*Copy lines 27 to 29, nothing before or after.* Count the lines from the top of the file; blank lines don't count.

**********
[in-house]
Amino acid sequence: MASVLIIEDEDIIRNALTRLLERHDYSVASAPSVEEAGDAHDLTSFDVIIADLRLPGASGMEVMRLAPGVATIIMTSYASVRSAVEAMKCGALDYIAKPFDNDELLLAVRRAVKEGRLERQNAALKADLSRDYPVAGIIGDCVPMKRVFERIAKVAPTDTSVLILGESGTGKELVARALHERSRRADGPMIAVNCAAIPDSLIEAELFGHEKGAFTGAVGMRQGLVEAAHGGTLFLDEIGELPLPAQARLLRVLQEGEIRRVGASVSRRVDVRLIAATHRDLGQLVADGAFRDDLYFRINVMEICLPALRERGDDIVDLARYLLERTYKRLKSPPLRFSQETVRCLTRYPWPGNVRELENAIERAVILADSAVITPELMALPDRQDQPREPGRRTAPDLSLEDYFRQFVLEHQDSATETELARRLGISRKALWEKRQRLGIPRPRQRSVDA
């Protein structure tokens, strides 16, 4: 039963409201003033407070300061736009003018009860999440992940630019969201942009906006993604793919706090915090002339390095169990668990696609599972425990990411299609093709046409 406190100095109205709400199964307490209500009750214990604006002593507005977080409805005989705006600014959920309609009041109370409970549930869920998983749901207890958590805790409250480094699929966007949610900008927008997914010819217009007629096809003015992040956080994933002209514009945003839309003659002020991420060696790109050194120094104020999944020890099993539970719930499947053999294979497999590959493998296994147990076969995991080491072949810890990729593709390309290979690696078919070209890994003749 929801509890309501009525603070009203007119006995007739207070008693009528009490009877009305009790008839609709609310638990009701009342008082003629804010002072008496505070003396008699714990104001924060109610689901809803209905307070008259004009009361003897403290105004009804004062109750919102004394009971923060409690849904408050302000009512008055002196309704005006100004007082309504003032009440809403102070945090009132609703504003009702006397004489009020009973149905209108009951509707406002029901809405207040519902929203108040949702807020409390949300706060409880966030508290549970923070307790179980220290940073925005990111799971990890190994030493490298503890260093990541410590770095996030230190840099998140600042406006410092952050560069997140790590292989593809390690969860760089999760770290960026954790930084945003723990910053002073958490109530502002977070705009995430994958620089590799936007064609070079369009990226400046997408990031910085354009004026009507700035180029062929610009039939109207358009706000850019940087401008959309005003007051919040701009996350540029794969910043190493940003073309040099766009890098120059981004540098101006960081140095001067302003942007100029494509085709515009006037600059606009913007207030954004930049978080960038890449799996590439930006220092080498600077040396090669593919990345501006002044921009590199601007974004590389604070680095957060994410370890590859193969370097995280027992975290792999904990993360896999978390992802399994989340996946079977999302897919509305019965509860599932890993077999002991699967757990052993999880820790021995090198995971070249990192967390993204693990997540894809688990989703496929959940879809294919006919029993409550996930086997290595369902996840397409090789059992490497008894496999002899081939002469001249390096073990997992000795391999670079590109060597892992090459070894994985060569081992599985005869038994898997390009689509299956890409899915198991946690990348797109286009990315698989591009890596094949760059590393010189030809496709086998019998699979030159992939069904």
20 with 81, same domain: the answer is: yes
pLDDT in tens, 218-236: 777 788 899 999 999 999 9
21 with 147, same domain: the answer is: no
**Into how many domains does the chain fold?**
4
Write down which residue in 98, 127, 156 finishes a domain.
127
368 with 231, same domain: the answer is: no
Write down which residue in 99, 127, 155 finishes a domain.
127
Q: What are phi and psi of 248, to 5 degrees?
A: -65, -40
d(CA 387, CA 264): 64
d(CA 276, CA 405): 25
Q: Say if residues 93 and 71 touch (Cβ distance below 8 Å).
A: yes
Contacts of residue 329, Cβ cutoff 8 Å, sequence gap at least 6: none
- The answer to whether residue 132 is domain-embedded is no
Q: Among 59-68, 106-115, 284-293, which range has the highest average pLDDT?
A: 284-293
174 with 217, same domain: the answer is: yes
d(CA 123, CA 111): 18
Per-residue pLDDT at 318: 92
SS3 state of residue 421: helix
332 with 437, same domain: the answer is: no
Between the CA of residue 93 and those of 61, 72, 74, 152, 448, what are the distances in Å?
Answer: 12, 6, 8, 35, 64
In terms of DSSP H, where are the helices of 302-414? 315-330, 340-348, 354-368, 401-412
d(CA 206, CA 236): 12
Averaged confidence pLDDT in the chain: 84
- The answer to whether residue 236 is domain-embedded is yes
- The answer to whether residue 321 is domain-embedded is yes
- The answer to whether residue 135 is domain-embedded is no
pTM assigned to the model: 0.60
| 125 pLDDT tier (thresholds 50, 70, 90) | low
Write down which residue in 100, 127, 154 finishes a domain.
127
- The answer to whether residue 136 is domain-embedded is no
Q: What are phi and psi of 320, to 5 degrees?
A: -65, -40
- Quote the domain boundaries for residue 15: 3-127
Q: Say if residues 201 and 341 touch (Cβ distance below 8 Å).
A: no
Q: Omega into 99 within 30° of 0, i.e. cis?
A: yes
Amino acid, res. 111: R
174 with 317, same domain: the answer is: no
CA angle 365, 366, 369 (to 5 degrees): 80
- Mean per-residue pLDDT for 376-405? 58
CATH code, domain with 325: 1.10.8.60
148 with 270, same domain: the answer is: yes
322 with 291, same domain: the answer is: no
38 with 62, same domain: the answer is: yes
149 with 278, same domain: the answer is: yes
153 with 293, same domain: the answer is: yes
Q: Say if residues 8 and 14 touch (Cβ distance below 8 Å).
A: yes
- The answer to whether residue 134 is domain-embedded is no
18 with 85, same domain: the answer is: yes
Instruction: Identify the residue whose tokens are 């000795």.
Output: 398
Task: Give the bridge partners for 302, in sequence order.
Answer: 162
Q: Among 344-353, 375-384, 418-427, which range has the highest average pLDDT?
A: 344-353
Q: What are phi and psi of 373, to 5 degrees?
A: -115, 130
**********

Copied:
SS3 state of residue 421: helix
332 with 437, same domain: the answer is: no
Between the CA of residue 93 and those of 61, 72, 74, 152, 448, what are the distances in Å?